Both of them were originally a part of the 101st Airborn but dad's background of German as a first language played in his favor. Instead of being deployed to the active theater of war in Korea, he was instead stationed in Germany with the Signal Corps laying out power lines in the Black Forest and playing his part in the Cold War.

With funds available from my grandmothers business, he purchased a Dodge Coronet Sedan while stationed in Germany. His Sergent only allowed him to have it if he could use it whenever he wanted to visit his girlfriends so his wife wouldn't know he was stepping out on her. Dad would also use the car to visit the places in Austria his family lived in, usually coming back with a trunk full of wine bottles. On one such visit, a family friend introduced him to a wine maker's daughter, the young woman who would become my mother, Eleonore.

When dad was done in the army, he and his new bride returned to the Chicago area to start their lives together. They would eventually have three children of which I am the youngest. Mom would spend her days with her mother-in-law who still spent her nights tending the bar as she had for 25 years. Mom and dad would help my grandmother manage her business as well but by this time the business was a pale shadow of what it once was. The Western Electric plant was nearly shut down.The neighborhood was in ethnic transition. On top of that the business was not worth as much as the property that it sat on was. As it turned out, the Blue Danube was in the proposed right-of-way of Chicago's long planned and ill-fated Cross-Town Expressway.  In the end, after my grandmother passed, the building would be sold quickly and promptly torn down. The last time I saw it, or rather the property, was in 1989 when I was in college. It had become a used car lot.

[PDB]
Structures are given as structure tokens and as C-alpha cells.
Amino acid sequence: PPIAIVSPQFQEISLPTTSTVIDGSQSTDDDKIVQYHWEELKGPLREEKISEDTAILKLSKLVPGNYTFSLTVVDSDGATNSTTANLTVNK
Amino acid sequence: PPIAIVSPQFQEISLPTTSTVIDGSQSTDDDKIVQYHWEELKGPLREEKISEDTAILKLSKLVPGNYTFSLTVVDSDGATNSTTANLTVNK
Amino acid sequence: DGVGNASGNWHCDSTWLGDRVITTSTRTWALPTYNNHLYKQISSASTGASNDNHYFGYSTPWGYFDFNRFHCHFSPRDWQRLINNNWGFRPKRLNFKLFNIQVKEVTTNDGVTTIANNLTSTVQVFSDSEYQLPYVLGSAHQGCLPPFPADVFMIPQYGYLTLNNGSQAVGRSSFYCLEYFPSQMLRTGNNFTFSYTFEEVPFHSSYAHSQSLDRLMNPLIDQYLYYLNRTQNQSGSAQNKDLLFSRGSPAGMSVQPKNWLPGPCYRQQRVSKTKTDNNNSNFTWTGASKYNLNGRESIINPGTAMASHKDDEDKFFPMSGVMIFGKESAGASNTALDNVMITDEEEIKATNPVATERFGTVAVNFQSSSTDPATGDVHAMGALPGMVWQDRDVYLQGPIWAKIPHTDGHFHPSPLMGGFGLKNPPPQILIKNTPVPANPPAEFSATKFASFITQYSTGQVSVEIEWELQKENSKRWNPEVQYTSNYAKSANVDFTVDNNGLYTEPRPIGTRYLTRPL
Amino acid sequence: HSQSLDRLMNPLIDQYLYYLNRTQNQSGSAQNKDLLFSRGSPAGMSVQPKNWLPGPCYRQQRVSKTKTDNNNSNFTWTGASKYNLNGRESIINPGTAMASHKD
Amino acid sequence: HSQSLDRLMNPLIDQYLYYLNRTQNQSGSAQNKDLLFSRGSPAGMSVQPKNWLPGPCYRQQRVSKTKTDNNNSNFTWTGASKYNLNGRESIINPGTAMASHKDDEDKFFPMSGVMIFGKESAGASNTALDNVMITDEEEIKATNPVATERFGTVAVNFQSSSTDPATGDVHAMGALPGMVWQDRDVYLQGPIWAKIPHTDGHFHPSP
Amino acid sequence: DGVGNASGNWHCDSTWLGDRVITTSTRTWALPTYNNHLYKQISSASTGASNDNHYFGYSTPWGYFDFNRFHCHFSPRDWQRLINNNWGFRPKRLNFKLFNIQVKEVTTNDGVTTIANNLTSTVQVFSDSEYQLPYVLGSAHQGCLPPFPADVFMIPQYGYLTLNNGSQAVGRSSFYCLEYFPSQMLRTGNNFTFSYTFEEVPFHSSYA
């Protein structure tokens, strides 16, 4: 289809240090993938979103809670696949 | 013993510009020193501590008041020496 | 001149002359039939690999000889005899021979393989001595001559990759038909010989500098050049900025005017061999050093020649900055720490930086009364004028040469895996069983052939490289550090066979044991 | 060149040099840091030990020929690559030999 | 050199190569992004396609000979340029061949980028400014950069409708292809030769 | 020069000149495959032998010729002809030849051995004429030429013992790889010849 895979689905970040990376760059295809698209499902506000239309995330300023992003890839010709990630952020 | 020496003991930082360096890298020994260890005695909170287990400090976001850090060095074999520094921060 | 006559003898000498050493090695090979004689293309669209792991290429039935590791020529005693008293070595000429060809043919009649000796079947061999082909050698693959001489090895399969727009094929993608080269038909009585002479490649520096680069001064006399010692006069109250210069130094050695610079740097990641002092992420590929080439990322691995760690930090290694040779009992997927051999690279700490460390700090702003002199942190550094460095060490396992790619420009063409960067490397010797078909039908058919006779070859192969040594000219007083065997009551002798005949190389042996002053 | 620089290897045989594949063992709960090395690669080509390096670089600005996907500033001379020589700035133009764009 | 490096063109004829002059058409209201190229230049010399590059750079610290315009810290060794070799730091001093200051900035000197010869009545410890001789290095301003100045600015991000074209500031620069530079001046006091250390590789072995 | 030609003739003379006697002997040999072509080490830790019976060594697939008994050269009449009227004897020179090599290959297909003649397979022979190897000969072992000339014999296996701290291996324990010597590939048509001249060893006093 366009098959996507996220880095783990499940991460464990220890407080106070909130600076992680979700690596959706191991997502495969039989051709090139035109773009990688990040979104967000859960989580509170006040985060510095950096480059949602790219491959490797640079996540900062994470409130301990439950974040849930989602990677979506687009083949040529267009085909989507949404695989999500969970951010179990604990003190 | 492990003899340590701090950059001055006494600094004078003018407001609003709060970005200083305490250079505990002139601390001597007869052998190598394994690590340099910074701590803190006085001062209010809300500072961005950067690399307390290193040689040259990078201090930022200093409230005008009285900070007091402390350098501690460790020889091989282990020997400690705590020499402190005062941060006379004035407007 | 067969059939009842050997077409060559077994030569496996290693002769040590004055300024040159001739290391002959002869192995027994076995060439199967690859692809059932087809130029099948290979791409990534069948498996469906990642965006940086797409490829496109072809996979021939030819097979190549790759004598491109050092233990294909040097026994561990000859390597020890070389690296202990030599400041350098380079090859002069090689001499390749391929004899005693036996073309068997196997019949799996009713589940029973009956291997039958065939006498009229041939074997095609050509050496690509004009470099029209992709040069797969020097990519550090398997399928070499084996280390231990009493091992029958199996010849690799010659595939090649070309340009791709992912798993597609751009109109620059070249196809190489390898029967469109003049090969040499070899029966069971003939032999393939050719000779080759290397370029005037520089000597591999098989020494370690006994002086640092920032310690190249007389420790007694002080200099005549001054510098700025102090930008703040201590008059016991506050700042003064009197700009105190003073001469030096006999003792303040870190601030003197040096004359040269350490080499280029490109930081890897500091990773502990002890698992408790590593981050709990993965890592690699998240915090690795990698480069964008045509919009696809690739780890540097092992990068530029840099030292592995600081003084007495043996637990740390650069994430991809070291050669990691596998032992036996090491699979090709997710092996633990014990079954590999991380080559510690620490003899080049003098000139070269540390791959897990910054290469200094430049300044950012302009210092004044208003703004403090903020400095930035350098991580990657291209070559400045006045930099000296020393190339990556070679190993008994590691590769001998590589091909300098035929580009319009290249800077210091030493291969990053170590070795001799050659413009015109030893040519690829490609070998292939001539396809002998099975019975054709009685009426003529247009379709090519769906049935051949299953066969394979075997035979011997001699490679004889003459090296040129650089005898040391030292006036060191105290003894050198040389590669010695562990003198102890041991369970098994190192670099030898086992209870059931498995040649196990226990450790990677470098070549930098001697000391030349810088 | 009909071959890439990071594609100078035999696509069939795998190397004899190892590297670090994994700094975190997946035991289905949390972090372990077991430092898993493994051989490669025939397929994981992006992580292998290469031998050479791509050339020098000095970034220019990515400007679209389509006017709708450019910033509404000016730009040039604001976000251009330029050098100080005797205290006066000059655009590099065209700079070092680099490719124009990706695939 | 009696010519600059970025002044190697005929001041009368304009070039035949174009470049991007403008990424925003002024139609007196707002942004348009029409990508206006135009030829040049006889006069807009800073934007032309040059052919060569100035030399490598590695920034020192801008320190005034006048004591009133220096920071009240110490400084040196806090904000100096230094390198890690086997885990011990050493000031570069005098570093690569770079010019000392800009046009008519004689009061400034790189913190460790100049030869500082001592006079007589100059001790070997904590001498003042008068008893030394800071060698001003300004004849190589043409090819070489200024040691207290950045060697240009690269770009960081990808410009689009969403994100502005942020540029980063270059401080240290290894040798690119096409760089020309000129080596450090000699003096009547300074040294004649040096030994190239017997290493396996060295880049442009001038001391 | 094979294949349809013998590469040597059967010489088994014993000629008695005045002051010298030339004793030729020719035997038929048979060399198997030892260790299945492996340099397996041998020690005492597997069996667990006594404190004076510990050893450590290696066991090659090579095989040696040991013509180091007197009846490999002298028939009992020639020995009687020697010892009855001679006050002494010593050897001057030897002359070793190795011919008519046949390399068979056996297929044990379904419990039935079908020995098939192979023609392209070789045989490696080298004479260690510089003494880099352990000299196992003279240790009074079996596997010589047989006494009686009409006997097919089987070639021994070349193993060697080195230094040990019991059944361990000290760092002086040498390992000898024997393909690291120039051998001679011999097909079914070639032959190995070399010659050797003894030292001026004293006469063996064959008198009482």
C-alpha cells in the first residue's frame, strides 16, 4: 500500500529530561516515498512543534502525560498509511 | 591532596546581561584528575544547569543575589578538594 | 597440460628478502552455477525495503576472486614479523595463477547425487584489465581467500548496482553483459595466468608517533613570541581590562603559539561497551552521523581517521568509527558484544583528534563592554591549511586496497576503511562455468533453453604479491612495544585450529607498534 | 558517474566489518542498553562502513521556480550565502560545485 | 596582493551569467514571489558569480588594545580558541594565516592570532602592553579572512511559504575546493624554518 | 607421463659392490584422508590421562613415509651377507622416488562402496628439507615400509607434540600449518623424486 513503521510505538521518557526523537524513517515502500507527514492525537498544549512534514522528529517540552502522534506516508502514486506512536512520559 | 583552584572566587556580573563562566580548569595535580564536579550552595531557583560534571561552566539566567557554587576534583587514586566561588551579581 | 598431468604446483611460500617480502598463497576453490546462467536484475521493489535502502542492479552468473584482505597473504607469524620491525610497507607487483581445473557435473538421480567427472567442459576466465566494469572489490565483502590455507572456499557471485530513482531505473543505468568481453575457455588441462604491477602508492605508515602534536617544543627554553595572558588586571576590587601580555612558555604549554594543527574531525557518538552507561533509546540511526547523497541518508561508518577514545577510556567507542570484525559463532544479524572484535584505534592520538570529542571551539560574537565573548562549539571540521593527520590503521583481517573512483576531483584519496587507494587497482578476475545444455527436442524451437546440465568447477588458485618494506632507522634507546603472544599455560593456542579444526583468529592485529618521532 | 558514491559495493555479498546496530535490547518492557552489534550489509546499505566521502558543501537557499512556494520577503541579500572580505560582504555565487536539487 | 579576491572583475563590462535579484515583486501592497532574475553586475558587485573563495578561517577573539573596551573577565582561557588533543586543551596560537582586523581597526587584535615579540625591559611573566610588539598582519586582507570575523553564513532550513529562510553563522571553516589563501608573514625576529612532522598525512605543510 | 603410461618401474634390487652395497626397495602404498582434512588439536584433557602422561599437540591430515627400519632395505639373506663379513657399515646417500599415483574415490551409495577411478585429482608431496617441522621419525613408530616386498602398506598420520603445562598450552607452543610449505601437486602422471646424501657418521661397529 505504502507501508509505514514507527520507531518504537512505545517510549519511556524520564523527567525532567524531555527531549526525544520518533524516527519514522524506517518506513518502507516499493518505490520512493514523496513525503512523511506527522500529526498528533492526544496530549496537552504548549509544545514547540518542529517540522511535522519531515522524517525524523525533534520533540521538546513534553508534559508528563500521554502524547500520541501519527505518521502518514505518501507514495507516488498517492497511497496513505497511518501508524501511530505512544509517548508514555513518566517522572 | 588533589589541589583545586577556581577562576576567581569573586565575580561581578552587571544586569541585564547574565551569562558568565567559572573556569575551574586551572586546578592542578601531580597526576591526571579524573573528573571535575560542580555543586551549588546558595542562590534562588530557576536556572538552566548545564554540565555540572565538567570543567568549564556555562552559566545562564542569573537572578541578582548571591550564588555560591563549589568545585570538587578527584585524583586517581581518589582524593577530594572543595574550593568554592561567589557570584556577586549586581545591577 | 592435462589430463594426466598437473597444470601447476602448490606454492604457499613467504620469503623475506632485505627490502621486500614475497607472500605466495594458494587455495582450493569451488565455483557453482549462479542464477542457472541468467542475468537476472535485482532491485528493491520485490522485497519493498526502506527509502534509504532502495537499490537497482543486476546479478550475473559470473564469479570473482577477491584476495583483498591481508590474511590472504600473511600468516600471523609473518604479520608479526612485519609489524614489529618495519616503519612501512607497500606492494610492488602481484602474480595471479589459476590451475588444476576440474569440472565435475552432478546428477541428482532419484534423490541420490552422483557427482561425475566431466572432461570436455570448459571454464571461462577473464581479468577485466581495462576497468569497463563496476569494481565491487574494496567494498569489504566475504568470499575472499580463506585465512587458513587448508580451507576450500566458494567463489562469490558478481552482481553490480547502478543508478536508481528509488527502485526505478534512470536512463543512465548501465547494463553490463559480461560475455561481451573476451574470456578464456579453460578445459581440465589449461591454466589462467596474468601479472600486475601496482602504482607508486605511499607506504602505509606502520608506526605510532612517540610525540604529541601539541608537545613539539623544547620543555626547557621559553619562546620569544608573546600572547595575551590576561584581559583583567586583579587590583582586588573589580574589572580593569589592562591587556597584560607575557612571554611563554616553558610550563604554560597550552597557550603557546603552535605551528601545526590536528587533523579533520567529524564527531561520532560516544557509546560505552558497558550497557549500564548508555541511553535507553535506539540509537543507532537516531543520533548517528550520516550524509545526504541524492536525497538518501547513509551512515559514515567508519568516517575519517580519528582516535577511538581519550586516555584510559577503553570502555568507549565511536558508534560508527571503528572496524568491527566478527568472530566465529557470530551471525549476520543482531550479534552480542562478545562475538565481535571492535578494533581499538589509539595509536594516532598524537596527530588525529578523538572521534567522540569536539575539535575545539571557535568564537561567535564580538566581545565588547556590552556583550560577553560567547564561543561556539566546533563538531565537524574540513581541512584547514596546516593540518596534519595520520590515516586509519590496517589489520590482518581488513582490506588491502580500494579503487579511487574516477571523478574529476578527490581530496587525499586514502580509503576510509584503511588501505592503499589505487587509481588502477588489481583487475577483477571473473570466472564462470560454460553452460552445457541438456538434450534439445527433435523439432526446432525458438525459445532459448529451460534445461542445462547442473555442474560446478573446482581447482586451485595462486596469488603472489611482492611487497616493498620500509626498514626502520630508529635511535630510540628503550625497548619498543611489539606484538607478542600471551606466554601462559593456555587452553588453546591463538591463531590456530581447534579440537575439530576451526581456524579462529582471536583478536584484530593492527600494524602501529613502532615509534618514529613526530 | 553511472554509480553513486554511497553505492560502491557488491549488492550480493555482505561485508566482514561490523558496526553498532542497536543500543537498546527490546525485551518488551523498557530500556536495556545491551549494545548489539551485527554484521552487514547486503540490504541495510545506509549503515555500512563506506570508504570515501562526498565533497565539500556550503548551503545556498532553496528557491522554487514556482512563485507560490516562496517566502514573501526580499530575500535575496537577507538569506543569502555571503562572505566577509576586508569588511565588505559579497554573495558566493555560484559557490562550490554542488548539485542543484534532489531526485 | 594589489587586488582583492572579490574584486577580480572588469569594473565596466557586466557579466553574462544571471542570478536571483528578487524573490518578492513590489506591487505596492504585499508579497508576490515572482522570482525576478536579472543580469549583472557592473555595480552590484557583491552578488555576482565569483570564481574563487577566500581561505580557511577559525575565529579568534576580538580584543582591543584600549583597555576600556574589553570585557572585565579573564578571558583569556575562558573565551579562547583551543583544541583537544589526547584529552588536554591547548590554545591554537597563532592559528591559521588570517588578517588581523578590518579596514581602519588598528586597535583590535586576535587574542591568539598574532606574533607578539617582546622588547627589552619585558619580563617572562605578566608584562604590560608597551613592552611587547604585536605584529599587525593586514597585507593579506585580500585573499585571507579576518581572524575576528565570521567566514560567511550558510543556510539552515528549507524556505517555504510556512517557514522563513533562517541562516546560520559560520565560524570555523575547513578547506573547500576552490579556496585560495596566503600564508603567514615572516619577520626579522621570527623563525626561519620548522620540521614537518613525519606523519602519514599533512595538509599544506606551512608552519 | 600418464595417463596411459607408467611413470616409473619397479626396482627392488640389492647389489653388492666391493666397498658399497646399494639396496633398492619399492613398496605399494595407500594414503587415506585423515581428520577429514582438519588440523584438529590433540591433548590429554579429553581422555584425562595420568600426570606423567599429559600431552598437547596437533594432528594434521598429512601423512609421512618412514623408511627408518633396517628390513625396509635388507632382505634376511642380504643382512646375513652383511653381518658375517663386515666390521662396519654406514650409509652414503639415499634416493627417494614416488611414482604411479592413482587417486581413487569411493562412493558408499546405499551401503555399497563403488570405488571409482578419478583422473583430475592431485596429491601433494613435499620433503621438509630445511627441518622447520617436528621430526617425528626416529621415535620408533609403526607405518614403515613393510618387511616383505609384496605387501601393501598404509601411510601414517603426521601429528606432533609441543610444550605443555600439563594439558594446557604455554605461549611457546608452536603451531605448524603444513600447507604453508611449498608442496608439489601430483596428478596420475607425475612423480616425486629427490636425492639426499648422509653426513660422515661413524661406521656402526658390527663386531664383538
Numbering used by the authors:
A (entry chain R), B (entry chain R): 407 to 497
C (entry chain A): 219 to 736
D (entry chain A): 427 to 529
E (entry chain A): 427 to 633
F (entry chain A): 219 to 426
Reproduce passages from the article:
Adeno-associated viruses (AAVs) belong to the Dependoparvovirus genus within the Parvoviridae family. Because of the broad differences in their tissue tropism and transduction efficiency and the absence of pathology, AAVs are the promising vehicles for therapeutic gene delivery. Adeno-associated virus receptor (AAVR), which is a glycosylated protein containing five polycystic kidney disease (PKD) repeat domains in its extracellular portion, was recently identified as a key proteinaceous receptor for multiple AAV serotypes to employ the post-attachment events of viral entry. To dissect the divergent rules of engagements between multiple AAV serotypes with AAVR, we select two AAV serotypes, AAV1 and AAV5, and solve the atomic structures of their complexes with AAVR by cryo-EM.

Well before that time, however, I spent quite a few childhood days in the bar. As I was too young to be left at home alone like my brother and sister. I would tag along with my mother and father, calling out from the back seat of the car when I would see the huge red neon Magickist Carpet Cleaning sign on the Congress Expressway that indicated our exit at Cicero Avenue was near.

There wasn't much I could do in the bar so I would hang out and drink Pepsi in glass bottles and play with my grandmother's German Shepard, Sheba. Occasionally I would talk to the permanent residents who still lived in the hotel rooms over the bar when they came in for their first drinks of the day. I only remember two of them. Janie was a character. Just think of any bar-fly and you have her in your mind. Her perfume was abundant and her smile forced, but she was always pleasant to me.

The other was a guy nick-named Poochie. He taught me how to play pool. I was barely old enough to see over the top of the table but he took the time to teach me a thing or two, including how to hold a cue. He always had quarters for the table and liked showing me how he could complete bank shots.

One more thing about Poochie, unlike me, he was left handed.